Let $\stackrel{^}{{p}_{1}}$ be the sample proportion of readers of the first magazine that are aware of the banking services, and let $\stackrel{^}{{p}_{2}}$ be the sample proportion of readers of the second magazine that are aware of the banking services. This requires that both groups of readers are random samples, that both samples are smaller than 10% of their respective population, and that all four of ${n}_{1}\stackrel{^}{{p}_{1}}$, ${n}_{1}\left(1-\stackrel{^}{{p}_{1}}\right)$, ${n}_{2}\stackrel{^}{{p}_{2}}$ and ${n}_{2}\left(1-\stackrel{^}{{p}_{2}}\right)$ are at least five. I’ll have to assume that this study has obtained random samples of readers of each magazine, and that each sample is smaller than 10% of the readership of each magazine. ${n}_{1}\stackrel{^}{{p}_{1}}=226>5$, ${n}_{1}\left(1-\stackrel{^}{{p}_{1}}\right)=247>5$, ${n}_{2}\stackrel{^}{{p}_{2}}=165>5$ and ${n}_{2}\left(1-\stackrel{^}{{p}_{2}}\right)=274>5$. With 99% confidence, ${z}^{*}\approx 2.5758$. The interval is $\left(0.4778-0.3759\right)±2.5758\sqrt{\frac{\left(0.4778\right)\left(0.5222\right)}{473}+\frac{\left(0.3759\right)\left(0.6241\right)}{439}}\approx \left(0.018,0.1859\right)$. I am 99% confident that the difference in population proportion of readers that are aware of the banking services of the client bank is between 1.8% and 18.59%.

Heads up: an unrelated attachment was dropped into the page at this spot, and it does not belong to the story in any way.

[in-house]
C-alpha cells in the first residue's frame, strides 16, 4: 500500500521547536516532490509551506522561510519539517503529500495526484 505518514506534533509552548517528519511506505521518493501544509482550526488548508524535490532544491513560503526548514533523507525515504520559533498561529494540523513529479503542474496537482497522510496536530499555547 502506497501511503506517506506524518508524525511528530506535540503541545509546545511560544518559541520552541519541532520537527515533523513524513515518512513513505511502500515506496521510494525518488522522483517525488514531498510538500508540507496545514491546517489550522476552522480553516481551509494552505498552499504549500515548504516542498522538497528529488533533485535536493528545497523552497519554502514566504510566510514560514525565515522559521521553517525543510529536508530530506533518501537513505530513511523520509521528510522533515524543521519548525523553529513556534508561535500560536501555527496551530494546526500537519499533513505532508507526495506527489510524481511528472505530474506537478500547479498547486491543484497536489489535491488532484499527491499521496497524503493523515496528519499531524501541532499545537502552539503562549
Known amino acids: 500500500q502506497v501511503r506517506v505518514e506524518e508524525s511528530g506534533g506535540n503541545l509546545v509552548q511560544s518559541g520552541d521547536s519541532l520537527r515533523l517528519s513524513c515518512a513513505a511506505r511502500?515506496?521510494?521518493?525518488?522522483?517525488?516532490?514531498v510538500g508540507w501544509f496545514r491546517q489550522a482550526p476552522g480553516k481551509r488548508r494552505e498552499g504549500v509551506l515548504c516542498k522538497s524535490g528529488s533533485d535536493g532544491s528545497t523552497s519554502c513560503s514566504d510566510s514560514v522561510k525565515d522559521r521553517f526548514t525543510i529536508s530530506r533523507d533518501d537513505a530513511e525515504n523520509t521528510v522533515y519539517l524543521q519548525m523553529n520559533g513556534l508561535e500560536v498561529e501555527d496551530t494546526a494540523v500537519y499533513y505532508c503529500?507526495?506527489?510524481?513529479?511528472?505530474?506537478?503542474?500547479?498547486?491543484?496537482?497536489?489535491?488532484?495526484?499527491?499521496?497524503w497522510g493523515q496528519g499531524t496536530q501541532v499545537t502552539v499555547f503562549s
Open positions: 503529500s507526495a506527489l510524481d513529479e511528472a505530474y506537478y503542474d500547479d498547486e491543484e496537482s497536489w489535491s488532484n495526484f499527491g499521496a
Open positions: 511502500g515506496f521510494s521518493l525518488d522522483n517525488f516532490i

5 What would be the likely conclusion of a hypothesis test at the 1% level for a difference in customer awareness between the readership of the two magazines? (4)

Since the interval does not contain zero, it is not a plausible value for the difference in population proportions. Since zero is not a plausible value for the difference in population proportions, a test of significance ought to reject the null hypothesis.